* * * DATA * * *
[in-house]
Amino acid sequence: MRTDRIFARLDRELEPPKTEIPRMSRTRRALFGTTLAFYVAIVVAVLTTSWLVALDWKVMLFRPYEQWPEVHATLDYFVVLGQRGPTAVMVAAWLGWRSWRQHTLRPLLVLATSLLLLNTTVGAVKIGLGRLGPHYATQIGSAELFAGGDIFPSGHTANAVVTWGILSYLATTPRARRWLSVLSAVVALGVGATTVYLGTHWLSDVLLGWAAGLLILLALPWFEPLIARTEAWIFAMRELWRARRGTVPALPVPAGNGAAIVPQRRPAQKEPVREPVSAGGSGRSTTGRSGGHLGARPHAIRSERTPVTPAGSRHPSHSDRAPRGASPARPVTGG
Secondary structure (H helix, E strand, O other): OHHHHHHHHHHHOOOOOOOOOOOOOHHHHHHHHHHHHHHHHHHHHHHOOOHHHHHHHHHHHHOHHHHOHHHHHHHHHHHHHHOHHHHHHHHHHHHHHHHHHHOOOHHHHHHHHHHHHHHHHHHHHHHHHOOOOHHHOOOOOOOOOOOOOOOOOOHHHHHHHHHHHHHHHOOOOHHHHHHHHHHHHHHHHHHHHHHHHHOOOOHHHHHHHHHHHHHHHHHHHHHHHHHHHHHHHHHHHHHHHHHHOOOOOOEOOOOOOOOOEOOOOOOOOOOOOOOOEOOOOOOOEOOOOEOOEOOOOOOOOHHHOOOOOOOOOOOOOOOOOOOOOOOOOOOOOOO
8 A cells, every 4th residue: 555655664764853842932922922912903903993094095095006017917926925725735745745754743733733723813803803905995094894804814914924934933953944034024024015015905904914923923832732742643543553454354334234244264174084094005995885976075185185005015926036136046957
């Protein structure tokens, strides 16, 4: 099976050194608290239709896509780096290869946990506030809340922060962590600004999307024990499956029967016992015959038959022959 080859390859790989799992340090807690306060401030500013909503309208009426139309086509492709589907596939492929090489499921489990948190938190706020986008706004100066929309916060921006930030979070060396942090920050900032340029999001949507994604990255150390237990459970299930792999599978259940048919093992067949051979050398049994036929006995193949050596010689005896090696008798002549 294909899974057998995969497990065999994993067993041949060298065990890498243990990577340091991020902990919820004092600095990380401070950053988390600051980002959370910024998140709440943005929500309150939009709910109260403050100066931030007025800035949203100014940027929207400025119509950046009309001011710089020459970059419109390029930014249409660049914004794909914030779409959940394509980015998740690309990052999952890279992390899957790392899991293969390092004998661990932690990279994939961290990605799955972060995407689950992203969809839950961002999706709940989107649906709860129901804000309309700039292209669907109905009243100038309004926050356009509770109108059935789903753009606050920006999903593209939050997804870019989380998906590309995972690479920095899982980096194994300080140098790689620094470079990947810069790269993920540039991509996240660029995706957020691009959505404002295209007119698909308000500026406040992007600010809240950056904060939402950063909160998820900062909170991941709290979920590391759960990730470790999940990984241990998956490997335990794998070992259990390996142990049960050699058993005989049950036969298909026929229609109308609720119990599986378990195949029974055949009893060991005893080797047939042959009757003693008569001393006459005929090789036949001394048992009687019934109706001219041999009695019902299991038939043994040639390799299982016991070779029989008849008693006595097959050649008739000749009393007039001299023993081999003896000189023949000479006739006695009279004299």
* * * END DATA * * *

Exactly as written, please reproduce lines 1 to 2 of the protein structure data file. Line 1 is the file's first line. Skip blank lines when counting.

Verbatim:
[in-house]
Amino acid sequence: MRTDRIFARLDRELEPPKTEIPRMSRTRRALFGTTLAFYVAIVVAVLTTSWLVALDWKVMLFRPYEQWPEVHATLDYFVVLGQRGPTAVMVAAWLGWRSWRQHTLRPLLVLATSLLLLNTTVGAVKIGLGRLGPHYATQIGSAELFAGGDIFPSGHTANAVVTWGILSYLATTPRARRWLSVLSAVVALGVGATTVYLGTHWLSDVLLGWAAGLLILLALPWFEPLIARTEAWIFAMRELWRARRGTVPALPVPAGNGAAIVPQRRPAQKEPVREPVSAGGSGRSTTGRSGGHLGARPHAIRSERTPVTPAGSRHPSHSDRAPRGASPARPVTGG